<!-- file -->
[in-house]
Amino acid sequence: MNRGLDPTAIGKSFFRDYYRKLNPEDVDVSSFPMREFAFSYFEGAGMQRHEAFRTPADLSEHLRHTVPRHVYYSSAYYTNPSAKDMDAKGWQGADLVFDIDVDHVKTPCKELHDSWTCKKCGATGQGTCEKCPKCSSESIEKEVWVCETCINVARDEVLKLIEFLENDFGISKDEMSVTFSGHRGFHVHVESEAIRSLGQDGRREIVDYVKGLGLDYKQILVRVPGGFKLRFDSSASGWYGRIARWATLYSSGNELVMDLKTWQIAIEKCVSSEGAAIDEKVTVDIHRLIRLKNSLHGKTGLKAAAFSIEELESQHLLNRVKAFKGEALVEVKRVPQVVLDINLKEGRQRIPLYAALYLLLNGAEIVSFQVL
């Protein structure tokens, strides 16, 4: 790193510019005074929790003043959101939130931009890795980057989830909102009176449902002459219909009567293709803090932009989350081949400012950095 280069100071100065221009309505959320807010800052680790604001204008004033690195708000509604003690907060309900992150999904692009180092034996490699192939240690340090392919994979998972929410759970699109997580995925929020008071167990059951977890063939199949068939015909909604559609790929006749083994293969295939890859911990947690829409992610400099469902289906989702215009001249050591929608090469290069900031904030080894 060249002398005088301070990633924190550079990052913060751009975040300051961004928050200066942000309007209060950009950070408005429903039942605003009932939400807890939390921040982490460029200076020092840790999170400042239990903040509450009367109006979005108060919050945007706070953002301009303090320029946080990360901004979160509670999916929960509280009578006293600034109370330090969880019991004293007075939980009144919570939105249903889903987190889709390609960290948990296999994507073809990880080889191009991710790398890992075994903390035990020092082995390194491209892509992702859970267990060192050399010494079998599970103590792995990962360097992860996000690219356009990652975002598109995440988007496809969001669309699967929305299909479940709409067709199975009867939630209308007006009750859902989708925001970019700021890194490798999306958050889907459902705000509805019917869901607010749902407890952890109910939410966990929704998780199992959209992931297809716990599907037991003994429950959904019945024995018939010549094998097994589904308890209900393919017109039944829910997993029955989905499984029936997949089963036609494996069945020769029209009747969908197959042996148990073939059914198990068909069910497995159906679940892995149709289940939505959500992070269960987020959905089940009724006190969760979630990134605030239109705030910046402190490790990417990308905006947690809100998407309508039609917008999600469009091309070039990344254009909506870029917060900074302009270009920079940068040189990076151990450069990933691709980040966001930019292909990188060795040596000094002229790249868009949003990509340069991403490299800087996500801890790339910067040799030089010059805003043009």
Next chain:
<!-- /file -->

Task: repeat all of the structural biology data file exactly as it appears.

[in-house]
Amino acid sequence: MNRGLDPTAIGKSFFRDYYRKLNPEDVDVSSFPMREFAFSYFEGAGMQRHEAFRTPADLSEHLRHTVPRHVYYSSAYYTNPSAKDMDAKGWQGADLVFDIDVDHVKTPCKELHDSWTCKKCGATGQGTCEKCPKCSSESIEKEVWVCETCINVARDEVLKLIEFLENDFGISKDEMSVTFSGHRGFHVHVESEAIRSLGQDGRREIVDYVKGLGLDYKQILVRVPGGFKLRFDSSASGWYGRIARWATLYSSGNELVMDLKTWQIAIEKCVSSEGAAIDEKVTVDIHRLIRLKNSLHGKTGLKAAAFSIEELESQHLLNRVKAFKGEALVEVKRVPQVVLDINLKEGRQRIPLYAALYLLLNGAEIVSFQVL
């Protein structure tokens, strides 16, 4: 790193510019005074929790003043959101939130931009890795980057989830909102009176449902002459219909009567293709803090932009989350081949400012950095 280069100071100065221009309505959320807010800052680790604001204008004033690195708000509604003690907060309900992150999904692009180092034996490699192939240690340090392919994979998972929410759970699109997580995925929020008071167990059951977890063939199949068939015909909604559609790929006749083994293969295939890859911990947690829409992610400099469902289906989702215009001249050591929608090469290069900031904030080894 060249002398005088301070990633924190550079990052913060751009975040300051961004928050200066942000309007209060950009950070408005429903039942605003009932939400807890939390921040982490460029200076020092840790999170400042239990903040509450009367109006979005108060919050945007706070953002301009303090320029946080990360901004979160509670999916929960509280009578006293600034109370330090969880019991004293007075939980009144919570939105249903889903987190889709390609960290948990296999994507073809990880080889191009991710790398890992075994903390035990020092082995390194491209892509992702859970267990060192050399010494079998599970103590792995990962360097992860996000690219356009990652975002598109995440988007496809969001669309699967929305299909479940709409067709199975009867939630209308007006009750859902989708925001970019700021890194490798999306958050889907459902705000509805019917869901607010749902407890952890109910939410966990929704998780199992959209992931297809716990599907037991003994429950959904019945024995018939010549094998097994589904308890209900393919017109039944829910997993029955989905499984029936997949089963036609494996069945020769029209009747969908197959042996148990073939059914198990068909069910497995159906679940892995149709289940939505959500992070269960987020959905089940009724006190969760979630990134605030239109705030910046402190490790990417990308905006947690809100998407309508039609917008999600469009091309070039990344254009909506870029917060900074302009270009920079940068040189990076151990450069990933691709980040966001930019292909990188060795040596000094002229790249868009949003990509340069991403490299800087996500801890790339910067040799030089010059805003043009």
Next chain: